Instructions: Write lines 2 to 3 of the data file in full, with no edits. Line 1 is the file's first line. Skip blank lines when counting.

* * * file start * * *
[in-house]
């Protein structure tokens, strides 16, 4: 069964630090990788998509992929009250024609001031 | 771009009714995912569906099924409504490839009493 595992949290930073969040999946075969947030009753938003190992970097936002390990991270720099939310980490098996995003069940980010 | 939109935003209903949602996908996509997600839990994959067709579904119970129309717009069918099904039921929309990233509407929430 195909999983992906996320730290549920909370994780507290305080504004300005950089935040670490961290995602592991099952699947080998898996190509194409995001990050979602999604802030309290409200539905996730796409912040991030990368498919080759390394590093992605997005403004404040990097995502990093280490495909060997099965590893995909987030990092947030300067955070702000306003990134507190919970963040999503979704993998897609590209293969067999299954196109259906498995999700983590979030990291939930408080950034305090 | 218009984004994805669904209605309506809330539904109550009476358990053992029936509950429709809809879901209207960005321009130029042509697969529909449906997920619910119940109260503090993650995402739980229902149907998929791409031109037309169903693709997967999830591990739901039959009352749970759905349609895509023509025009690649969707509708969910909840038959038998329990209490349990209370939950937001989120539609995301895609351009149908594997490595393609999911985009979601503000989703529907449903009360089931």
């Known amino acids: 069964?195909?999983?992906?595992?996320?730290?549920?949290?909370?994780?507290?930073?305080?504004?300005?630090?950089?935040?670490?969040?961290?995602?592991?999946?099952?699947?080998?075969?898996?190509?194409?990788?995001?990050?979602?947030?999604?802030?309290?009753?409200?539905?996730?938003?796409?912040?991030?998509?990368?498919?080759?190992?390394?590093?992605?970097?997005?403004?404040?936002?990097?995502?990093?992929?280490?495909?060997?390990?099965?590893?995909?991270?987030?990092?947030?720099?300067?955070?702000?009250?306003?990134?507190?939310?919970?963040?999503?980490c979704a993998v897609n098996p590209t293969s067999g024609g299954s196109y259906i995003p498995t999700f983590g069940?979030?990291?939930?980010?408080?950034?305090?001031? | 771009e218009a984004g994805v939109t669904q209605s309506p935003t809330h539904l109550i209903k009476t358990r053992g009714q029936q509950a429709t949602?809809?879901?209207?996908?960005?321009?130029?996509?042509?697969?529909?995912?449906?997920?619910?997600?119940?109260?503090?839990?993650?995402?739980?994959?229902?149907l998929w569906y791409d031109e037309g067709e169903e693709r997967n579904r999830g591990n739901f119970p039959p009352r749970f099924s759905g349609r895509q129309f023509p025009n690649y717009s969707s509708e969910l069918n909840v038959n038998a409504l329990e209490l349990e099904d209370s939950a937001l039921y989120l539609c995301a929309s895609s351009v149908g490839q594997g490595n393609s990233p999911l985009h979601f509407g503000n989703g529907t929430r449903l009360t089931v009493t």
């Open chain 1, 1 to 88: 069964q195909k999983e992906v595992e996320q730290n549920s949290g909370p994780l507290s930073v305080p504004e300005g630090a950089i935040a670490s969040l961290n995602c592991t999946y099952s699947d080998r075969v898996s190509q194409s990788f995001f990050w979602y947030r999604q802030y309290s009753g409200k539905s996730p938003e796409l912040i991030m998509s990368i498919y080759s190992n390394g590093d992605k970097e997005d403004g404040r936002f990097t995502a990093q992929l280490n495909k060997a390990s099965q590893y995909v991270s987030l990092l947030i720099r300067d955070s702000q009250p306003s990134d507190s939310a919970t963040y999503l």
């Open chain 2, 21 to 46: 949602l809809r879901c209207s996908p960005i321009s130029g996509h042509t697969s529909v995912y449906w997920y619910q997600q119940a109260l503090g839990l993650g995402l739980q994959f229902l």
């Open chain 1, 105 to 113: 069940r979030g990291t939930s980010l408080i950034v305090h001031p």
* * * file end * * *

């Protein structure tokens, strides 16, 4: 069964630090990788998509992929009250024609001031 | 771009009714995912569906099924409504490839009493 595992949290930073969040999946075969947030009753938003190992970097936002390990991270720099939310980490098996995003069940980010 | 939109935003209903949602996908996509997600839990994959067709579904119970129309717009069918099904039921929309990233509407929430 195909999983992906996320730290549920909370994780507290305080504004300005950089935040670490961290995602592991099952699947080998898996190509194409995001990050979602999604802030309290409200539905996730796409912040991030990368498919080759390394590093992605997005403004404040990097995502990093280490495909060997099965590893995909987030990092947030300067955070702000306003990134507190919970963040999503979704993998897609590209293969067999299954196109259906498995999700983590979030990291939930408080950034305090 | 218009984004994805669904209605309506809330539904109550009476358990053992029936509950429709809809879901209207960005321009130029042509697969529909449906997920619910119940109260503090993650995402739980229902149907998929791409031109037309169903693709997967999830591990739901039959009352749970759905349609895509023509025009690649969707509708969910909840038959038998329990209490349990209370939950937001989120539609995301895609351009149908594997490595393609999911985009979601503000989703529907449903009360089931």
């Known amino acids: 069964?195909?999983?992906?595992?996320?730290?549920?949290?909370?994780?507290?930073?305080?504004?300005?630090?950089?935040?670490?969040?961290?995602?592991?999946?099952?699947?080998?075969?898996?190509?194409?990788?995001?990050?979602?947030?999604?802030?309290?009753?409200?539905?996730?938003?796409?912040?991030?998509?990368?498919?080759?190992?390394?590093?992605?970097?997005?403004?404040?936002?990097?995502?990093?992929?280490?495909?060997?390990?099965?590893?995909?991270?987030?990092?947030?720099?300067?955070?702000?009250?306003?990134?507190?939310?919970?963040?999503?980490c979704a993998v897609n098996p590209t293969s067999g024609g299954s196109y259906i995003p498995t999700f983590g069940?979030?990291?939930?980010?408080?950034?305090?001031? | 771009e218009a984004g994805v939109t669904q209605s309506p935003t809330h539904l109550i209903k009476t358990r053992g009714q029936q509950a429709t949602?809809?879901?209207?996908?960005?321009?130029?996509?042509?697969?529909?995912?449906?997920?619910?997600?119940?109260?503090?839990?993650?995402?739980?994959?229902?149907l998929w569906y791409d031109e037309g067709e169903e693709r997967n579904r999830g591990n739901f119970p039959p009352r749970f099924s759905g349609r895509q129309f023509p025009n690649y717009s969707s509708e969910l069918n909840v038959n038998a409504l329990e209490l349990e099904d209370s939950a937001l039921y989120l539609c995301a929309s895609s351009v149908g490839q594997g490595n393609s990233p999911l985009h979601f509407g503000n989703g529907t929430r449903l009360t089931v009493t």